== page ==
WWE

One-on-one with AJ Styles

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A few weeks back when I had the chance to sit down with AJ Styles, I separated the interview into two different parts. The first half was about his road to the top of WWE, which can be found here. The second half of the interview was a rapid fire sequence of questions about a wide-ranging list of topics. 

Me: What’s the scariest moment you’ve had in the ring?

AJ: “There’s a match called the Ultimate X and I got kicked by Chris Saban where I turned inside out and fell from like 15 feet. I thought, oh my God I’m landing on the back of my head and then I landed perfect. It was then that I decided I would never, ever do something like that again. But that was the moment where I saw my life flash before my eyes because I thought I was either going to be knocked out or something worse was about to happen.”

“A lot of my stuff, super scary stuff, has been done it seems like somewhere else, whether it be a 450 through a table, a springboard 450 through a table on the outside, or the spiral tap. There’s some goofy stuff I’ve tried to do to make sure some stuff is entertaining. And trust me, I’m not done yet. My brain still works like that. I’ve got one gear and whatever happens, happens.”

If you were stuck on an island, what three video games would you bring with you?

“Oh God man that’s so hard. Do I have Internet?”

“I’ll allow it.”

“I think at this point, after playing Battlefield [1], the newest one. I think I’d have that one because it’s so good. The story is one of the best I’ve played. It’s so great!”

“…God… I want to say Uncharted, but which one do I pick? The collection only has one through three. So you know what, I’d do that because you can play it over and over and find all of the little collectables in it.”

“I think we have to go old school because it never really gets old. I think you could go with Mario All-Stars. That’s an old school game. Get my retro fix.”

“Sounds like you’re playing a lot of adventure games.”

“Yeah! A lot of guys like the sandbox stuff, I don’t. I don’t like going here to get that. More like a Metroid style, I don’t like that. The Grand Theft Auto games I like ‘em, but they’re so vulgar that I can’t play them at home. I keep it safe.”

“Orton sent me some stuff about Mafia III. There are Playboy models that you can pick up. He’s like dude check this out and I’m like oh my God that’s crazy. Some of those games are fun, but they’re not kid friendly, you know.”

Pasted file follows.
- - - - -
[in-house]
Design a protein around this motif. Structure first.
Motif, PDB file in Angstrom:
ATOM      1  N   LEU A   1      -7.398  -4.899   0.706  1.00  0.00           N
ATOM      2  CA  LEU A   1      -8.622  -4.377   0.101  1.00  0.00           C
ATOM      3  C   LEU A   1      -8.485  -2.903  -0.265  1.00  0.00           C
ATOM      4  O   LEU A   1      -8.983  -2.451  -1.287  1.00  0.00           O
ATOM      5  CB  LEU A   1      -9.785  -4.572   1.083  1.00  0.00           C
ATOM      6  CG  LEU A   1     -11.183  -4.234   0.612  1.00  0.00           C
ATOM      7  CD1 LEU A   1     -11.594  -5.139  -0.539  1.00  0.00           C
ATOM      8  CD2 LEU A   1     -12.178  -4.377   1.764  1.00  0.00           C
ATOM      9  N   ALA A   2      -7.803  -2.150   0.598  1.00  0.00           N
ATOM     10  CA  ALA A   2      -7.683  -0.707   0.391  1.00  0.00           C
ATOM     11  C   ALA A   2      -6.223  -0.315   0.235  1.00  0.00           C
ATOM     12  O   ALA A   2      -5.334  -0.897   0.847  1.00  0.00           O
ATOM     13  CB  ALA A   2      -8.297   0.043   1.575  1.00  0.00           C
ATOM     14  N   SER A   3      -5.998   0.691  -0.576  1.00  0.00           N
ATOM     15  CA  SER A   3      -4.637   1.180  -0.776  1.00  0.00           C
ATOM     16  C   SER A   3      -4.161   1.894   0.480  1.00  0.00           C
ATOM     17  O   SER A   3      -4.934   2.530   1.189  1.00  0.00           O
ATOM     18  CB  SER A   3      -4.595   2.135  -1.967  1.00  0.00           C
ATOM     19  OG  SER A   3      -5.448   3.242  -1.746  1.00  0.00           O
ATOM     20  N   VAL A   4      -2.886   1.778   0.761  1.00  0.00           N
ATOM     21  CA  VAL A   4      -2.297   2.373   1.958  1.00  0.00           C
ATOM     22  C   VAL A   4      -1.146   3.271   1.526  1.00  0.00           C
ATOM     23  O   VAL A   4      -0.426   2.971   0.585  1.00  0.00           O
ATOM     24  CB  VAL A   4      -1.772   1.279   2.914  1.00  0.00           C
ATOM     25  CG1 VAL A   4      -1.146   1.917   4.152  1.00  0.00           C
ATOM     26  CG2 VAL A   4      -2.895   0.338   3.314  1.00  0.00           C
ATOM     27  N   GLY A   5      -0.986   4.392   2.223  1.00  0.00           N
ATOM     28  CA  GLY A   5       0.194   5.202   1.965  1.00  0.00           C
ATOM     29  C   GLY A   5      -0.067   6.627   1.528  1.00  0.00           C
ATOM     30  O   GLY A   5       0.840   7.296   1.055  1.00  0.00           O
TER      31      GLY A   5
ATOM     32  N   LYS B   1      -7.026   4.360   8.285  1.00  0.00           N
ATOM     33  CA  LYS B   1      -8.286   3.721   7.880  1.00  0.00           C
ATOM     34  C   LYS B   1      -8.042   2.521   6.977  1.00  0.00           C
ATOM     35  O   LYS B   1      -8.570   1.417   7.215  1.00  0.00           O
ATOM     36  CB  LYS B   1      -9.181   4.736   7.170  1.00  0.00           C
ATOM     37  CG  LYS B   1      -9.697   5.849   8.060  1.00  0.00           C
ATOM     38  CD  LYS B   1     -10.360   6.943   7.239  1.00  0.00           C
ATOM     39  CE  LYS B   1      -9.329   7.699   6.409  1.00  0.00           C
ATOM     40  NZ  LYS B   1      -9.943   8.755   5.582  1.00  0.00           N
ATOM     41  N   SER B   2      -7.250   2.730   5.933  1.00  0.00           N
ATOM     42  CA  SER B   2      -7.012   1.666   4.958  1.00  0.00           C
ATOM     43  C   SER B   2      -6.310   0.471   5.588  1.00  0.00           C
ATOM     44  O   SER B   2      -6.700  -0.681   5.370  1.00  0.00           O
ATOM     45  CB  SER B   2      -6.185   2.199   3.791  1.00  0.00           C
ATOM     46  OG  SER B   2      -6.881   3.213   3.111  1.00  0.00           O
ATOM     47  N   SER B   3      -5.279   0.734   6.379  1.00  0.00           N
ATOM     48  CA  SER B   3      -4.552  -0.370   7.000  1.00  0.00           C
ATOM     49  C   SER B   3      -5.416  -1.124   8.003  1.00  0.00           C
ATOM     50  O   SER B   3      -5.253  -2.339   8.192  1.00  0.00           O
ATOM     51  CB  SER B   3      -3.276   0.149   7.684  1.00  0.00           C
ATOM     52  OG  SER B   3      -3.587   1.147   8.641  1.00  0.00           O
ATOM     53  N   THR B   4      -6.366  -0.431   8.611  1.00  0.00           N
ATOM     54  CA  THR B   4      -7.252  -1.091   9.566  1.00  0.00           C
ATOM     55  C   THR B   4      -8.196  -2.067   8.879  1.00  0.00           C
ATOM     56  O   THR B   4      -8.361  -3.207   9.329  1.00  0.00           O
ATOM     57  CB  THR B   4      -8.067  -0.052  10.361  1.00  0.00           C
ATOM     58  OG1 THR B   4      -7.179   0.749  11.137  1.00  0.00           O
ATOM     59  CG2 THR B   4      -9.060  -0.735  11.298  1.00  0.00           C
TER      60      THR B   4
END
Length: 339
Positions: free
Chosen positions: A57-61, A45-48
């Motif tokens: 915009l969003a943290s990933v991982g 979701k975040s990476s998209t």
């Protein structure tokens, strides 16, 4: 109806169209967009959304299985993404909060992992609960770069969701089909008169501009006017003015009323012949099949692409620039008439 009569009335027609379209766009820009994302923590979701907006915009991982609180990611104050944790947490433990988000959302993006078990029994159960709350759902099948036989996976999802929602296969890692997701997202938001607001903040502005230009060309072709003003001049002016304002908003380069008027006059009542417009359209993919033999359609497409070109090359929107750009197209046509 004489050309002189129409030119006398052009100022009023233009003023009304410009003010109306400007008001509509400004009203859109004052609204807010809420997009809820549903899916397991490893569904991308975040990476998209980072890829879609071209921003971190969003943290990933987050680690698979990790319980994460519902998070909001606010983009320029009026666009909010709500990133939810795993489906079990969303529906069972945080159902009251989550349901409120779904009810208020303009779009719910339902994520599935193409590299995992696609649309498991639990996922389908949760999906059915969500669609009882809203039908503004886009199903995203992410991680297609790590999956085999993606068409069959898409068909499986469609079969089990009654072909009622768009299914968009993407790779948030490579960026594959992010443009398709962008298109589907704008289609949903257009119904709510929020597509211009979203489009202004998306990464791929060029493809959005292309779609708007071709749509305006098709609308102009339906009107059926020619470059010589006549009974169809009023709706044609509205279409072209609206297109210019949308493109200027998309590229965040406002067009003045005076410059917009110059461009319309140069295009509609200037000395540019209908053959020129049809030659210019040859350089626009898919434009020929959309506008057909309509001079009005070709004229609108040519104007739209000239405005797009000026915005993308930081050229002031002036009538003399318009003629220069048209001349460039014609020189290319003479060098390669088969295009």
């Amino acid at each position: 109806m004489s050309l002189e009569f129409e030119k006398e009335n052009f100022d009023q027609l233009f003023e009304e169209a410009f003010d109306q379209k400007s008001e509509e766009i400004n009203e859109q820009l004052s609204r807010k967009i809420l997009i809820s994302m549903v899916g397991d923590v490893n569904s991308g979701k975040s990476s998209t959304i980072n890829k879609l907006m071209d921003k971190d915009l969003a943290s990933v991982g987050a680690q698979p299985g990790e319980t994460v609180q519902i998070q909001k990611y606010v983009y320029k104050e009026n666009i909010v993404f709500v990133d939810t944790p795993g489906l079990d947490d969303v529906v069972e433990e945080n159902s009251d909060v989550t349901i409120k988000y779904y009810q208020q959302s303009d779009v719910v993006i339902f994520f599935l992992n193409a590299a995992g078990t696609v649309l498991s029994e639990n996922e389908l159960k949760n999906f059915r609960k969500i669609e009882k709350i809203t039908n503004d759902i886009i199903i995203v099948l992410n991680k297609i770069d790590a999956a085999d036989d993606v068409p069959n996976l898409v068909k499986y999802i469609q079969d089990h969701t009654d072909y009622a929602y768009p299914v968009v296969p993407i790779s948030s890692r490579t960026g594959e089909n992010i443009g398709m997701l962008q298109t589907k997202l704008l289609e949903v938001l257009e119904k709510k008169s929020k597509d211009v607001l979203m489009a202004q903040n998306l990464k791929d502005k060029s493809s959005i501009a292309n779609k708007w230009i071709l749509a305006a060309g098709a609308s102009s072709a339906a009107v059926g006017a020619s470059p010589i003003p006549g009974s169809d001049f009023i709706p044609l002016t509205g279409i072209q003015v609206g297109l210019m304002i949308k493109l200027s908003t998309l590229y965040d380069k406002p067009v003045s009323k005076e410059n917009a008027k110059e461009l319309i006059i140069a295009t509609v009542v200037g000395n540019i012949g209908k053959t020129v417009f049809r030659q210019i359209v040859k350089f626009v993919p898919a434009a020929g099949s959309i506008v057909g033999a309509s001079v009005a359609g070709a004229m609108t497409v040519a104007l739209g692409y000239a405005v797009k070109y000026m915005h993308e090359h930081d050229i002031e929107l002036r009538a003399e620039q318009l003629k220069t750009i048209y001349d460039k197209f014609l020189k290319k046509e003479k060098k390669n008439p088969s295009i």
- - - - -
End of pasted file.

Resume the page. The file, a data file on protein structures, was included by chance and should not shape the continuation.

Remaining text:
What do you listen to on the road?

“I’m more of a…I like Christian hip hop. Or old school R&B.”

You’re theme has a gospel hip-hop flow.

“Exactly. That’s exactly what it is. I think they already had the music ready and available. They were just looking for the right guy to give it to.”

You’ve had some awesome themes throughout your career.

“I’ve had some pretty good ones.”

Is that by luck or did you have input along the way?

“There’s been times where there has been horrible music and I’m like listen bro we cannot come out with this. There’s been close calls for sure.”

What match would you like to go back in time and attend live?

“Oh man…I’d like to see Undertaker and Mick Foley in Hell in a Cell. I’d like to go watch that live. It’s the craziest thing right? Like to see that. Mick Foley falling from the top of the cage through a table. Just ridiculous.”

“I’d say another one is Shawn Michaels vs. Stone Cold Steve Austin and Mike Tyson as the enforcer. Just a great freaking dynamic with everything that was going on. The build up to that was so good.”

Where did your logo come from?

“And friend and I sat down at a restaurant and we were just talking, talking, talking just shooting ideas, spitballing. I came up with the P1 and then I went to a buddy of mine that runs a T-shirt making place and uh, he put his brain to work. I kind of told him what I wanted and he came up with it and I bought it from him.”

If you could play a professional sport right now what would it be.

“Football, no doubt.”

What position?

“Uhh…either outside linebacker or running back. I’d go with safety too. This is going to sound cruel and stuff like that, but when I played football I never tackled somebody to tackle them, unless it was in desperation. I wanted to hurt you when I tackled you. I wanted to put a hit on this guy that he just doesn’t want to run back to my side anymore, or he’s going to do whatever he can to avoid me. It’s part of the intimidation process of the whole thing. I think it’s part of football, you know.”

“And then running back, getting the rock man.”

You were the face of the X-Division in its heyday, the cruiserweight division is back, but they’ve struggled to get real momentum. What do they need to do to get the crowd invested in their matches?

“I would say, don’t be in a hurry to be in a hurry. Take your time. Make it mean something, everything means something, you know. Take the time and let it sink in during the matches. Just because you’re a little bit smaller doesn’t mean that everything is faster. It doesn’t mean that at all psychology wise. Psychology plays a big part in what we do.”

Inside baseball question here; It seemed like you were struggling with nailing down the springboard DDT in a WWE ring.

“It’s me not knowing the ropes that well and you get more familiar with them and understanding how to use those ropes.”

“It looks like you have to stand on the rope and then put your weight on it.”

“Right. Usually it was just like boom, go springboard because of the cables. I immediately springboard. With the ropes you have to sit into it and then now go. Which you know I started doing it with Dean again because I figured it out, but you have to put it in the right spot so you just don’t do it willy nilly and make people go ohhhh…he did that move again.”